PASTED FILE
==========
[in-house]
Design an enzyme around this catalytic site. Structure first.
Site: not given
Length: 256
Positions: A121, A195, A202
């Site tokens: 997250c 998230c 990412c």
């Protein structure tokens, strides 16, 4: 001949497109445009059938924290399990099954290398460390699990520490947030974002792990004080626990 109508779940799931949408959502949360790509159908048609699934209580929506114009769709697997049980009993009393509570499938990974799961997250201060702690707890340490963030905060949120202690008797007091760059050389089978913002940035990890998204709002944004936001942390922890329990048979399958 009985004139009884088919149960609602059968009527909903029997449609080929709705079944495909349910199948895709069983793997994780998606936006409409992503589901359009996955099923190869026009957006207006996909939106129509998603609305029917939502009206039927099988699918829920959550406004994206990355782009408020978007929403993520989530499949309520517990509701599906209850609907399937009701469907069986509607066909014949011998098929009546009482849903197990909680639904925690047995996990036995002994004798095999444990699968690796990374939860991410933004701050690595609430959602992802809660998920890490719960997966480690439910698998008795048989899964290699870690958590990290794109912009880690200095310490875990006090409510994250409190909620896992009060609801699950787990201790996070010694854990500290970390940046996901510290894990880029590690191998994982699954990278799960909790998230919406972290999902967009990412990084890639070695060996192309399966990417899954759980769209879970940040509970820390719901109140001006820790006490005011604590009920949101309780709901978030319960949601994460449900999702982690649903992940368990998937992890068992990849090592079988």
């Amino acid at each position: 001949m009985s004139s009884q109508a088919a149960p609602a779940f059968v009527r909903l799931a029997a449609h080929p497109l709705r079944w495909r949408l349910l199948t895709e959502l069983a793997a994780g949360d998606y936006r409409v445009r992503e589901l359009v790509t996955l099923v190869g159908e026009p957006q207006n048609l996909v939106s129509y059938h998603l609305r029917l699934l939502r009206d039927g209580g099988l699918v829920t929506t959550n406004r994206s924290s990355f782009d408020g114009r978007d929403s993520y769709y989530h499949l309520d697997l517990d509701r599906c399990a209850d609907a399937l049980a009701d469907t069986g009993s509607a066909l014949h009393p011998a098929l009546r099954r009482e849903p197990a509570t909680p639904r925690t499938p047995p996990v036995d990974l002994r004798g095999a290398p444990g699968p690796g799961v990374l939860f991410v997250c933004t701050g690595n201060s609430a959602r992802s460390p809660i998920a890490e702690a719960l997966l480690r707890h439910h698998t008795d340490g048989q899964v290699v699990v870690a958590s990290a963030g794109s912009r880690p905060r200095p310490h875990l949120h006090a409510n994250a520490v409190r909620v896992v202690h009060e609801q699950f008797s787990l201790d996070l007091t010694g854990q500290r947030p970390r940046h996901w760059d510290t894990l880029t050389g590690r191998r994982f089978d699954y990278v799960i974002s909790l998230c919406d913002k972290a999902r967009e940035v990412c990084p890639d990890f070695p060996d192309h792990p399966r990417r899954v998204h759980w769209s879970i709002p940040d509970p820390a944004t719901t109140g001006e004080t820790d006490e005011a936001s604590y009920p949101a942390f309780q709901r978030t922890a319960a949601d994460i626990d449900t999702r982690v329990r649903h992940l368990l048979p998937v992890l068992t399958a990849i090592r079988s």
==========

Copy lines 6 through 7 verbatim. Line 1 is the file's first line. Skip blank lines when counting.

């Site tokens: 997250c 998230c 990412c």
């Protein structure tokens, strides 16, 4: 001949497109445009059938924290399990099954290398460390699990520490947030974002792990004080626990 109508779940799931949408959502949360790509159908048609699934209580929506114009769709697997049980009993009393509570499938990974799961997250201060702690707890340490963030905060949120202690008797007091760059050389089978913002940035990890998204709002944004936001942390922890329990048979399958 009985004139009884088919149960609602059968009527909903029997449609080929709705079944495909349910199948895709069983793997994780998606936006409409992503589901359009996955099923190869026009957006207006996909939106129509998603609305029917939502009206039927099988699918829920959550406004994206990355782009408020978007929403993520989530499949309520517990509701599906209850609907399937009701469907069986509607066909014949011998098929009546009482849903197990909680639904925690047995996990036995002994004798095999444990699968690796990374939860991410933004701050690595609430959602992802809660998920890490719960997966480690439910698998008795048989899964290699870690958590990290794109912009880690200095310490875990006090409510994250409190909620896992009060609801699950787990201790996070010694854990500290970390940046996901510290894990880029590690191998994982699954990278799960909790998230919406972290999902967009990412990084890639070695060996192309399966990417899954759980769209879970940040509970820390719901109140001006820790006490005011604590009920949101309780709901978030319960949601994460449900999702982690649903992940368990998937992890068992990849090592079988």